[SATLUG] WordPress / Apache problem on Ubuntu
satlug at jlavin.com
Thu Jan 20 09:12:51 CST 2011
On Wed, Jan 19, 2011 at 6:44 PM, Daniel J. Givens <daniel at rugmonster.org> wrote:
> On 1/19/2011 4:08 PM, Josh Lavin wrote:
>> Most servers running PHP do so with some sort of set-user jail, so
>> that the PHP pages can be owned by their own user.
> Huh? Since when? I've been managing thousands of web servers (literally)
> running PHP and that scenario is hardly ever used.
>> You should look at
>> suPHP, or else have a separate instance of Apache/PHP for your user
>> and set the User/Group directives to that user (but let root own
>> Apache itself).
> If you're setting up a big shared environment, I could see this. However,
> running multiple Apache instances would require a separate IP for each site.
> If there's no need for SSL, then that is just wasting precious resources. If
> you were really wanting to do user separation, you could use php-cgi under
> FastCGI, each one running as the respective user, or use something like
I use php-cgi and FastCGI myself, but other hosts I have seen use
suPHP. These are shared environments.
> Either way, I don't want to give my web server any unnecessary write access
> because one missed update could turn your box into a spambot, phishing site,
> or any other thing. And no, you don't need root privileges to do that.
>> You will find that any other scenario will prevent the WordPress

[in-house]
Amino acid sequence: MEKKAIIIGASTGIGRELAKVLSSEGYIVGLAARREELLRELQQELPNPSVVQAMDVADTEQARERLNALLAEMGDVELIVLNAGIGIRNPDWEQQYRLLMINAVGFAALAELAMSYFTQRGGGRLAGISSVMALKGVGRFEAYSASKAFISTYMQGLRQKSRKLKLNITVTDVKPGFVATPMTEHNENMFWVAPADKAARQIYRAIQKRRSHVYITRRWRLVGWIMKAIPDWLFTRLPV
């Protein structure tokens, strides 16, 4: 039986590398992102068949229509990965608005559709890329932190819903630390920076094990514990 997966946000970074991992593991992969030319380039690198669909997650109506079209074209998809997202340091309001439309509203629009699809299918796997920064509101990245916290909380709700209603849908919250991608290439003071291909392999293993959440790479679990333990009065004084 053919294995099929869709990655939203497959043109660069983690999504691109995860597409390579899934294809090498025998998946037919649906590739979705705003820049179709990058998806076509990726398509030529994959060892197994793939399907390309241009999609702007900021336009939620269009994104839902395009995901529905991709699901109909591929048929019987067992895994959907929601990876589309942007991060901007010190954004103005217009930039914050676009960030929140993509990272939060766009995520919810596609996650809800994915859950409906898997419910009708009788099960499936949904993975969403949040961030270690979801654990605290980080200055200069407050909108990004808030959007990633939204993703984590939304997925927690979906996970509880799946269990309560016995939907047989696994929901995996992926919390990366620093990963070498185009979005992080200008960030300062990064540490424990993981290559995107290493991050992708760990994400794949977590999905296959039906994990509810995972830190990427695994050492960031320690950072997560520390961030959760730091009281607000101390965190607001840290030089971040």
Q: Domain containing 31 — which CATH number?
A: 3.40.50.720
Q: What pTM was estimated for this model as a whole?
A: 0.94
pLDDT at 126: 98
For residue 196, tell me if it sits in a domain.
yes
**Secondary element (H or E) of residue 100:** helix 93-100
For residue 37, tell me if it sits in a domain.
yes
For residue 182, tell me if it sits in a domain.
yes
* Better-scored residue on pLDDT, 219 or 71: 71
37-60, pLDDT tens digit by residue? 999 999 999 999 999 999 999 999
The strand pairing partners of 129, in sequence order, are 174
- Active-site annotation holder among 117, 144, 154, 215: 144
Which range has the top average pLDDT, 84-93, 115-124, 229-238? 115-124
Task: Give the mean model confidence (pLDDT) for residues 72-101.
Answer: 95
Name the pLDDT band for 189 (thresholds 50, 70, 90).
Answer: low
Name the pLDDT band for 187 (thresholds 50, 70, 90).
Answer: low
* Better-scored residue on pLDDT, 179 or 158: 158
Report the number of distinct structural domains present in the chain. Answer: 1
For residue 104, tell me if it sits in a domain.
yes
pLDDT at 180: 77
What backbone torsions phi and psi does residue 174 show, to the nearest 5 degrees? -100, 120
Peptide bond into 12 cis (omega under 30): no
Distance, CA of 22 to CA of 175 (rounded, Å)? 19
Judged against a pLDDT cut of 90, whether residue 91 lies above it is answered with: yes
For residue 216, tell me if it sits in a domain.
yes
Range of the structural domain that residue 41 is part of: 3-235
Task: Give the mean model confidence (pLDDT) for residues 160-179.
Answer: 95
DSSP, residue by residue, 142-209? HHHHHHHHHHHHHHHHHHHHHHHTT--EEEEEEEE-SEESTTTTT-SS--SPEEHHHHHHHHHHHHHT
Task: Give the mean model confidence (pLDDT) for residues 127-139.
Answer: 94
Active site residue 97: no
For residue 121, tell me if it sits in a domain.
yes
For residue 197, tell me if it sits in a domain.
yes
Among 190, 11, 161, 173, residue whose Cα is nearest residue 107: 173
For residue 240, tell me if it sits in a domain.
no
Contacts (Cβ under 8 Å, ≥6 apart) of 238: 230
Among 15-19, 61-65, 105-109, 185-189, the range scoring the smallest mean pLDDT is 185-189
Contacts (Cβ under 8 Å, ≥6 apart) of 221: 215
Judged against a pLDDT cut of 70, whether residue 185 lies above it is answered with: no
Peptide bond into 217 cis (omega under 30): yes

>> automatic update function.
> Incorrect. The wordpress auto update uses FTP. That user only needs write
> access. Not the user the web server is running as. See my previous reply on
> what is generally accepted as the best practice for most use-cases, at least
> among my peers.
The update page in the WP admin will fallback to asking for FTP
credentials -- but note is does not support sFTP. With something like
suPHP, WordPress can download the update file, unzip, and install --
all the user has to do is click a button to get it started.
Even if you do the manual FTP update from this page (or update from
the shell), any files you upload via the WordPress admin will wind up
owned by Apache. And you have to make the upload directory
world-writeable to do this.
In my experience, trying to run PHP and get all the functionality of
WordPress involves some compromise between world-writeable directories
or suPHP or FastCGI. I guess it comes down to whichever one you trust
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